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George Ferryman - 2

[Note: This is a continuing story. Please read first installment here.]

Monday, October 9

George had narrowed his choices down to two: Paris and the Bahamas. Mount Fuji was off the table. With the current state of his knee, he’d be lucky to climb a full flight of stairs.

He closed his eyes and tried to imagine himself eating a croissant on the Champs-Elysees, strolling past luxurious brands like Chanel and Cartier, making his way to the Arc de Triomphe to take selfies alongside crowds of other camera-laden tourists — alongside women posing in ridiculous runway fashions, and men with impossibly neat facial hair wearing leather cross-body man-purses.

He couldn’t picture it. Not with his current wardrobe. And although 25 grand would go a long way towards upgrading his attire, he didn’t care enough about fashion to buy anything new. No, a more low-key destination was in order. Moments later, an e-ticket to Nassau arrived in his inbox with a ping.


Later that day, Marilyn found herself at the Rite-Aid. She shoved a $20 at the purple-haired teenager behind the counter. The girl’s black nail polish was mostly gone after a half-hearted attempt to scratch it off. What remained was trapped beneath her cracked cuticles. Marilyn made a mental note to see if it was still there the next time she was in the neighborhood.

“Do you want a bag?” the lackluster girl asked.

“No,” Marilyn replied, grabbing her box of off-brand Neosporin, Sesame Street bandaids (the only ones on sale), Coke, and Mentos off the counter. She shoved everything but the soda into her purse.

Marilyn tossed a Mento into her mouth as she walked down the city street and followed it up with a Coke chaser. The combination fireworked in her mouth, reminiscent of the Pop Rocks she used to steal from the neighborhood Five and Dime when she was a kid. She always made sure to down the entire bag before she stepped into the house, worried that her mother would discover the contraband, praying no one would ask her any questions as the candy ricocheted and crackled against the roof of her mouth.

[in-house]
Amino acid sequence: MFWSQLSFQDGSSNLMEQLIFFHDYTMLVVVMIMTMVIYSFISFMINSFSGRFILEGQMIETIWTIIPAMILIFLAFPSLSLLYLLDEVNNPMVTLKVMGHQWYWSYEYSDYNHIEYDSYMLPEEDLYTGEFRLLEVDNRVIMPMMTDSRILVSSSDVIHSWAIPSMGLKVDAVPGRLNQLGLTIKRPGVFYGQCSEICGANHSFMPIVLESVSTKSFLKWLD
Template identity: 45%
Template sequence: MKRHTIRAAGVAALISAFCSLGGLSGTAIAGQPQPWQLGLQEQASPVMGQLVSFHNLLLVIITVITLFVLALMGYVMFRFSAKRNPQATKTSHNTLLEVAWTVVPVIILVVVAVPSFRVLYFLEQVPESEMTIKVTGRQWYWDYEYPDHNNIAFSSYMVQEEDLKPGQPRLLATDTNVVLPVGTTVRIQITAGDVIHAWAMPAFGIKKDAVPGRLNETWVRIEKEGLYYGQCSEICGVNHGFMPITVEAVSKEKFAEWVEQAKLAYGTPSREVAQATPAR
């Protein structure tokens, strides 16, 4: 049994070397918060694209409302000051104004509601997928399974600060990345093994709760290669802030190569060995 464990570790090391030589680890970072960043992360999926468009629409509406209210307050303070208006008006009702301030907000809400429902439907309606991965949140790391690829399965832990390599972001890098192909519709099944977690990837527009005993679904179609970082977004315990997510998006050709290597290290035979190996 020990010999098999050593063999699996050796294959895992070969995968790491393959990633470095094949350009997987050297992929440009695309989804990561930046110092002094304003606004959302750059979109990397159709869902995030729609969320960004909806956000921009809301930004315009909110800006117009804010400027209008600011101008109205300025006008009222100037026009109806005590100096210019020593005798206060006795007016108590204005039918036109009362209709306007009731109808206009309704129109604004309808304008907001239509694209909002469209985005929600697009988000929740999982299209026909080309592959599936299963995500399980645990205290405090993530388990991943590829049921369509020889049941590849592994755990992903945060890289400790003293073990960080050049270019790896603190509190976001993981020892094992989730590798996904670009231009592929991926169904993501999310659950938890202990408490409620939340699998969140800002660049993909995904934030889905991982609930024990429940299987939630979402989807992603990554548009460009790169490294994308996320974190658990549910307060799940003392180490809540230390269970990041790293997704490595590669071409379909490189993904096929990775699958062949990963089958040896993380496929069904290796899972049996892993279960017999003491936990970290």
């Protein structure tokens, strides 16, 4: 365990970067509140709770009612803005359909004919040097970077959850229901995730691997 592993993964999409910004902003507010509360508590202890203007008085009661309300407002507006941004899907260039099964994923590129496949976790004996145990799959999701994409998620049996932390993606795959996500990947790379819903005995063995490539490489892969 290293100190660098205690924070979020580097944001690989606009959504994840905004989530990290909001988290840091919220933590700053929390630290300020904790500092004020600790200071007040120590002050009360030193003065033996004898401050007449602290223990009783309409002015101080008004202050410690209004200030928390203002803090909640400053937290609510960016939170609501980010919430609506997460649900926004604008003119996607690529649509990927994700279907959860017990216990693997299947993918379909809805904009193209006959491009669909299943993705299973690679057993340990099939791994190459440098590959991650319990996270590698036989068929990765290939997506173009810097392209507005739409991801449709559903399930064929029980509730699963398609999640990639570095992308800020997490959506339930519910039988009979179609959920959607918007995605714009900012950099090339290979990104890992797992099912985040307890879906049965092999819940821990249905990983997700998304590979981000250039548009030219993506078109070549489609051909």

“She really should put a warning sign on the door,” Marilyn thought as she walked. The cat in apartment 6C had seemed harmless enough at first, but when the woman took the envelope from Marilyn, she let out an expletive that triggered it to attack. Half a box of bandaids later, Marilyn found herself contemplating her life choices. Again.

“I need a new job. A new life. And, while I’m at it, a new hairstyle,” she thought as she walked aimlessly down the street. She stopped at a bench on the outskirts of City Park and sat down. The sidewalk had heaved underneath, pushing up one of the legs which caused the bench to tilt. If she moved her butt a certain way, Marilyn could force the bench to alternate between two positions. The movement made a clicking sound. CLICK…. click. CLICK… click. She shifted her weight and noticed a dedication plaque on the back of the bench: To my loving wife, Hildy, whose presence made my days brighter and my nights warmer. All my love, Edgar.

Marilyn had never felt as lonely as she did in that moment. With a flash of clarity, she stood, dumped the yet-to-be-delivered handful of summons into a nearby trash can, and walked away from her life.

[Read the next installment here.]


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